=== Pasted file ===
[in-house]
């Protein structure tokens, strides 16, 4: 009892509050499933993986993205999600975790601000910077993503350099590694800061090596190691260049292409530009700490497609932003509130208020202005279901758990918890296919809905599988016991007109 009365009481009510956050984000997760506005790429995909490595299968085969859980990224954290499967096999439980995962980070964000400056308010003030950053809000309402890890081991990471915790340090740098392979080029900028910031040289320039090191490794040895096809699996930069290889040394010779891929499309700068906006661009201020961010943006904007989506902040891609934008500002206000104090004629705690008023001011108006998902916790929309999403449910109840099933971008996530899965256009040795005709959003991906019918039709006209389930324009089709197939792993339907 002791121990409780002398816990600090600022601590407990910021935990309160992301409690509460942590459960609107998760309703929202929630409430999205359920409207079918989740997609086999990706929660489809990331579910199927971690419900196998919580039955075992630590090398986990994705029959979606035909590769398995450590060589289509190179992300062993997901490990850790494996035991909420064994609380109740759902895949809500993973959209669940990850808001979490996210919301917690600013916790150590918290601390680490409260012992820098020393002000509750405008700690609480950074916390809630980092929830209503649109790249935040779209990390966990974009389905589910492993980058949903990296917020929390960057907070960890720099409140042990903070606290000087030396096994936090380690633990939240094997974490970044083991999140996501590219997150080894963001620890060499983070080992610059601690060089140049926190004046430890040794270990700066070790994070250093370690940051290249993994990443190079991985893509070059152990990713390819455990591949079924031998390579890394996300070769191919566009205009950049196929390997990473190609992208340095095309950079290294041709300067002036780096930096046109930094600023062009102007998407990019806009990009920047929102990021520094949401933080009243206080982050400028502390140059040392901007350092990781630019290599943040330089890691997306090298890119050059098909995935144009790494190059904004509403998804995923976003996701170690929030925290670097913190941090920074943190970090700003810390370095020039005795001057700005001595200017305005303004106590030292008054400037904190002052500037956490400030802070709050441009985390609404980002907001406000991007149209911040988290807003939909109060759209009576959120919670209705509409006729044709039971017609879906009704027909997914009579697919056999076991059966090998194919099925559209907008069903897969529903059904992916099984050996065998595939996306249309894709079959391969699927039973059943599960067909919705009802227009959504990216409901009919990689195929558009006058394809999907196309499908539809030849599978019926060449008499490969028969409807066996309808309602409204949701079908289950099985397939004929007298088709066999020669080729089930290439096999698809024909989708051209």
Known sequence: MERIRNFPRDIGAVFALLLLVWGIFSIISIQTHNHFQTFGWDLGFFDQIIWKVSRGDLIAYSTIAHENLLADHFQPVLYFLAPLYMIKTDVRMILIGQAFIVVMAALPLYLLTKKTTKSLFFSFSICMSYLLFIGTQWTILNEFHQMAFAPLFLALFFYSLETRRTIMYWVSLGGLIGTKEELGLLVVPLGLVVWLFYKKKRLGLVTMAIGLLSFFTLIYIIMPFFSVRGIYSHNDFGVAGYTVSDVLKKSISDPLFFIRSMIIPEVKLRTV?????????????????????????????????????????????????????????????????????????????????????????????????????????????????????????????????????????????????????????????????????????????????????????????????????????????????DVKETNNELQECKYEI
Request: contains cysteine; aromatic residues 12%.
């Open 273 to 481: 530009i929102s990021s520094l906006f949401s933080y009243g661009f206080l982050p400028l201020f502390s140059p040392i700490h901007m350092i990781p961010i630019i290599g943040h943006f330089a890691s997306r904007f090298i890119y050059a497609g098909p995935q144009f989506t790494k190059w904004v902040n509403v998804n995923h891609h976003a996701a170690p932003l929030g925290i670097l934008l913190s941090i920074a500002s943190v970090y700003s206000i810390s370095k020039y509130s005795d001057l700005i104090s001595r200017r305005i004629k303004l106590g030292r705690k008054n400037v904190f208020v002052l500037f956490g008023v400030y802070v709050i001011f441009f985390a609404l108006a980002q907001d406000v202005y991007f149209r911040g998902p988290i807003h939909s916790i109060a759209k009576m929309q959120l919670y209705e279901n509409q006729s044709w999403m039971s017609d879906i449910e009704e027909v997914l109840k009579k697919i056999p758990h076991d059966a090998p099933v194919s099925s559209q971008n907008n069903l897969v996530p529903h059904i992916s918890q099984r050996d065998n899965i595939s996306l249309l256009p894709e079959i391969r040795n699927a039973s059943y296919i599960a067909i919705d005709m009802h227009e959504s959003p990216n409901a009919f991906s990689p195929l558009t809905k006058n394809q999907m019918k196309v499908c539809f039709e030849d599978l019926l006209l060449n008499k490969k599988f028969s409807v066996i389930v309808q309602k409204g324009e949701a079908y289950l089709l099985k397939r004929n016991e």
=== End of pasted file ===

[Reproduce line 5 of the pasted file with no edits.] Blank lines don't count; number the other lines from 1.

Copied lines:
């Open 273 to 481: 530009i929102s990021s520094l906006f949401s933080y009243g661009f206080l982050p400028l201020f502390s140059p040392i700490h901007m350092i990781p961010i630019i290599g943040h943006f330089a890691s997306r904007f090298i890119y050059a497609g098909p995935q144009f989506t790494k190059w904004v902040n509403v998804n995923h891609h976003a996701a170690p932003l929030g925290i670097l934008l913190s941090i920074a500002s943190v970090y700003s206000i810390s370095k020039y509130s005795d001057l700005i104090s001595r200017r305005i004629k303004l106590g030292r705690k008054n400037v904190f208020v002052l500037f956490g008023v400030y802070v709050i001011f441009f985390a609404l108006a980002q907001d406000v202005y991007f149209r911040g998902p988290i807003h939909s916790i109060a759209k009576m929309q959120l919670y209705e279901n509409q006729s044709w999403m039971s017609d879906i449910e009704e027909v997914l109840k009579k697919i056999p758990h076991d059966a090998p099933v194919s099925s559209q971008n907008n069903l897969v996530p529903h059904i992916s918890q099984r050996d065998n899965i595939s996306l249309l256009p894709e079959i391969r040795n699927a039973s059943y296919i599960a067909i919705d005709m009802h227009e959504s959003p990216n409901a009919f991906s990689p195929l558009t809905k006058n394809q999907m019918k196309v499908c539809f039709e030849d599978l019926l006209l060449n008499k490969k599988f028969s409807v066996i389930v309808q309602k409204g324009e949701a079908y289950l089709l099985k397939r004929n016991e």